The hole for stone columns is excavated using equipment called vibroflot. It consists of a long tube of about 2m to 3m long and 200mm to 500mm wide. It is filled with jets at the top & bottom. A mass rotating the vibroflot helps in the excavation of the soil. Once the excavation is done, the hole is filled with stones or gravel.

The diameter of the stone column varies from 0.5m to 0.7m and the spacing between two adjacent columns is usually 1.5m to 3m.

Ground Improvement Methods For Cohesionless Soils

1. Vibroflotation/Vibrocompaction

As discussed in stone columns, vibroflot is a cylindrical tube shaped equipment consisting of a vibrator and jets at the top part and the bottom part of the tube. This method is generally used for the compaction of loose soils. It is also used to reduce the possibility of differential settlement.

The vibroflot is sunk into the ground with the help of a water jet or air, till it reaches the weak soil. Once the equipment reaches the loose and weak soil, the water jet is stopped and due to the vibration of equipment, the soil gets compacted, expelling the extra air and water, filling up the voids. The vibroflot is then withdrawn in stages of 12 inches gradually. Some backfilling is to be done as the vibroflot is withdrawn.

Vibroflotation is effective upto a depth of 20m. The required density is achieved in 70 percent of cases. 

2. Terra Probe

Like vibroflotation, this method is also a technique of Vibro-compaction of cohesionless soils. The terra probe, having an open ended pipe of 75cm diameter, is provided with a vibratory pile at its bottom.

The terra probe is penetrated into the ground using the vibratory pile driver inside the terra probe. Once the terra probe is reached at the desired depth, it is slowly withdrawn while the vibratory driver continues to operate.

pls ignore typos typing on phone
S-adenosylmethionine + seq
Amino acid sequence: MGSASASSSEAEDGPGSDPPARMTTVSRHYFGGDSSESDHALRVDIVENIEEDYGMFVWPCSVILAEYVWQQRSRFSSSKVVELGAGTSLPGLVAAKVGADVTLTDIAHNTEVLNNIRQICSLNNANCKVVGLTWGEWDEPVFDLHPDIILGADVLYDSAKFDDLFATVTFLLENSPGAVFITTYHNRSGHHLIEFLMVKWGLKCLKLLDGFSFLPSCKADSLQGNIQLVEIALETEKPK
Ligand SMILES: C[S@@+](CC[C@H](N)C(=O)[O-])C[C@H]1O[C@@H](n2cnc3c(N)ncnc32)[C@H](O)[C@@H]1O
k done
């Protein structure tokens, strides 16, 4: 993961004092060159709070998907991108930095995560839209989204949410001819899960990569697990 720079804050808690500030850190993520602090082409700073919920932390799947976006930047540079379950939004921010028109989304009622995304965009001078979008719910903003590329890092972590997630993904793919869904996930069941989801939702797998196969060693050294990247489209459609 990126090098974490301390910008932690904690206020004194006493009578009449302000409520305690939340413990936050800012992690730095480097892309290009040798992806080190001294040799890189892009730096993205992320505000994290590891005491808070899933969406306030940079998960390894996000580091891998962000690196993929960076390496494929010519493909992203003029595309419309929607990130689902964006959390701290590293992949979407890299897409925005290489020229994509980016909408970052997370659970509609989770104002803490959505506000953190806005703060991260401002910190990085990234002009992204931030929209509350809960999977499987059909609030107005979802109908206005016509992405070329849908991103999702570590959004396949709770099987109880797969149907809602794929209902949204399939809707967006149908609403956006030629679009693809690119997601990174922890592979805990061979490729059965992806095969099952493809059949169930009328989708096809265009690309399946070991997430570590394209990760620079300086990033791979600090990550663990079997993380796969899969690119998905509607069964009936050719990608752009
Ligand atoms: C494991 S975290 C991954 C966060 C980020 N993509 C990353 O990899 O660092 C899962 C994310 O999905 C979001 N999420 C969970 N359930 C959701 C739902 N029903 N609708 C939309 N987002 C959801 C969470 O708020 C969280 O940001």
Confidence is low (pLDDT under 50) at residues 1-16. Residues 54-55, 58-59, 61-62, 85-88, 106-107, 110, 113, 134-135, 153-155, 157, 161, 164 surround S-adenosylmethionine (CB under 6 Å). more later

The soil around the probe is densified. This procedure is repeated at various locations on site. The hole’s spacing is about 1.5m. Terra probe can be used upto a depth of 20m. It is an ideal method of ground improvement for the compaction of saturated sand deposits.

3. Compaction Piles

Cohensionless soils can be treated using compaction piles. To construct a compaction pile, a close-ended, hollow pipe is driven into the ground where the soil is relatively weak.

The soil is compacted by the vibration when the pipe is driven into the soil. The pipes are then withdrawn and the holes are filled up with sand to form a compaction pile. The radius of influence can be upto 3 to 4 times the diameter of the pile.

General Methods For Ground Improvement

1. Removal & Replacement Of Soil

When the thickness of the layer of weak soil is relatively less, it is possible to remove the poor soil and replace it with a new layer of good quality soil. This method is easy and costs effective. Good quality soil should be available in the near area, to avoid unnecessary transportation costs. For excavation and backfilling of soil, labours or conventional earthmoving equipment can be used.

2. Deep Mixing 

Enhancement of ground can be done by mixing either cement or lime with the soil deep inside the ground. For this operation a special type of auger with hollow drill is used. The auger is penetrated by rotating it inside the ground deeply, upto a required depth. It is provided with a mixing tool for mixing cement or lime with the soil, at the bottom.

The auger is then withdrawn and the cement or lime slurry is passed through the rod to the mixing tool. The mixing tool mixes the slurry thoroughly with the soil, forming vertical columns of stabilized soil.

3. Grouting

Grouting is one of the methods used for the improvement of ground. This method is effective sand, silt, and rocks as well. There are two types of grout which are cement grout and chemical grout. The grout is injected using an injector or a piece of suitable equipment, into the ground where there is a presence of weak soil.

Cement grouts are less expensive as compared to chemical grouts. So, they are widely used. The chemical grouts are mostly used where the cement grouts are not much effective, such as in fine sand or silt deposits.

Also Read –

How To Improve Bearing Capacity Of Soil?

What Is Soil Nailing & Where It Is Done?

Types Of Grouting Used In Construction

Types Of Pile Foundation In Construction